"ds=nocloud-net;s=http://{{.HTTPIP}}:{{.HTTPPort}}/ubuntu-2004-amd64-qemu/ ",
  "<enter>"
]

The "ds" line tells the Ubuntu installer where to find the HTTP server serving user-data and meta-data. In your Packerfile you need to define the webroot for the web server Packer launches:

http_directory = "http-server"

You need to have a corresponding directory next to your Packerfile. With the above "ds" line you'd do

mkdir -p http-server/ubuntu-2004-amd64-qemu

Now, when you add an empty meta-data file as well as user-data to that directory the Ubuntu installer will find and use them. See the Providing the autoinstall config section in Ubuntu's official documentation for more details on how this works. The parameters in curly braces are automatically populated by Packer, so you can just copy them as-is.

The above things shold get you through the install. But Packer's provisioning might not work out of the box. In your Packerfile you need to configure SSH:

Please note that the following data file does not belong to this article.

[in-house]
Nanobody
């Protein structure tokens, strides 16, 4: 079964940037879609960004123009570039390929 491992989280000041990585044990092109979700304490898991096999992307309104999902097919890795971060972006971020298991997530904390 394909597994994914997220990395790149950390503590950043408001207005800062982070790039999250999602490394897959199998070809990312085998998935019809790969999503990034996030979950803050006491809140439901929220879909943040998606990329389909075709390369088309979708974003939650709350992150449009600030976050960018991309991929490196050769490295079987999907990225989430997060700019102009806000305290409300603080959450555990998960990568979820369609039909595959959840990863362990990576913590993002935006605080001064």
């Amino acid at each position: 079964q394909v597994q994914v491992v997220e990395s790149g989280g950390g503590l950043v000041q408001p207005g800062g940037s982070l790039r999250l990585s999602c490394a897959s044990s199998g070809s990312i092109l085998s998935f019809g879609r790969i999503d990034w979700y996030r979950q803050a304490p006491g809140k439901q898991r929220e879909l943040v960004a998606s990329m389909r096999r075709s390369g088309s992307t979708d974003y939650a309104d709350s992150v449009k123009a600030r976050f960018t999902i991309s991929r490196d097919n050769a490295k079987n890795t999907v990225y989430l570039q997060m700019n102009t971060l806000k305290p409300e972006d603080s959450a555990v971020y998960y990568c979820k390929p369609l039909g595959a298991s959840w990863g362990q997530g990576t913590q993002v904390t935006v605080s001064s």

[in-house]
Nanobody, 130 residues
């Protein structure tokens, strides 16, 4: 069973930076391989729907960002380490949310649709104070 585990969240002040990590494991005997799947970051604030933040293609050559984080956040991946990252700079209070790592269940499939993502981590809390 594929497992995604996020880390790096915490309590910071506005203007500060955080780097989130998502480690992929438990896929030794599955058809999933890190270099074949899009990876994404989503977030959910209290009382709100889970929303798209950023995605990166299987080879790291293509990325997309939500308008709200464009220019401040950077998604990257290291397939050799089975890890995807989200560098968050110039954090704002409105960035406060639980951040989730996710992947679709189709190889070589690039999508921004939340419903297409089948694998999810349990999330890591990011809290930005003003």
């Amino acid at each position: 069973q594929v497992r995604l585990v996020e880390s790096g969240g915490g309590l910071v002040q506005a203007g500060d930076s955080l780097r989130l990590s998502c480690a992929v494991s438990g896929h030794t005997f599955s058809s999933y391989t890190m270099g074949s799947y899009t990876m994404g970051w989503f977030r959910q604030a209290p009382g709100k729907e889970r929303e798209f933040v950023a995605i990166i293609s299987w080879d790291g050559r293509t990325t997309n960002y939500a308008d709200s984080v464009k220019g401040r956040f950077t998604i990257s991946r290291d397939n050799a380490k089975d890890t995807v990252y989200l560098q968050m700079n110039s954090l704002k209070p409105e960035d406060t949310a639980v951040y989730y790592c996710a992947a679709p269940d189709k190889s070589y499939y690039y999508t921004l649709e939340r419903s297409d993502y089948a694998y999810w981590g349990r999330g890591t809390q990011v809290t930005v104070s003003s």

ssh_username = "ubuntu"
ssh_password = "ubuntu"
ssh_timeout  = "60m"

Creating the user-data file

First we edit user-data to ensure that "ubuntu" user is present and is able to sudo with a password:

identity:
  hostname: ubuntu
  username: ubuntu
  password: $6$yV./p0CXmpUSsU1c$gXKXP/7hpiIyQKEl0yV5OH9/82vXQ9QdPz2heaf6fPA6OOuh1aERzzCv2573x0tVU/Rx7ZjIk6M022AFRZDf2.

late-commands:
  - "echo 'ubuntu ALL=(ALL) NOPASSWD:ALL' > /target/etc/sudoers.d/ubuntu"
  - "chmod 440 /target/etc/sudoers.d/ubuntu"

The password is encrypted and salted version of "ubuntu" for the sake of example, so don't use it in production (pretty please). You can create a hash by various means, but creating a new user on an existing system and getting the hash from /etc/shadow as root is a good bet.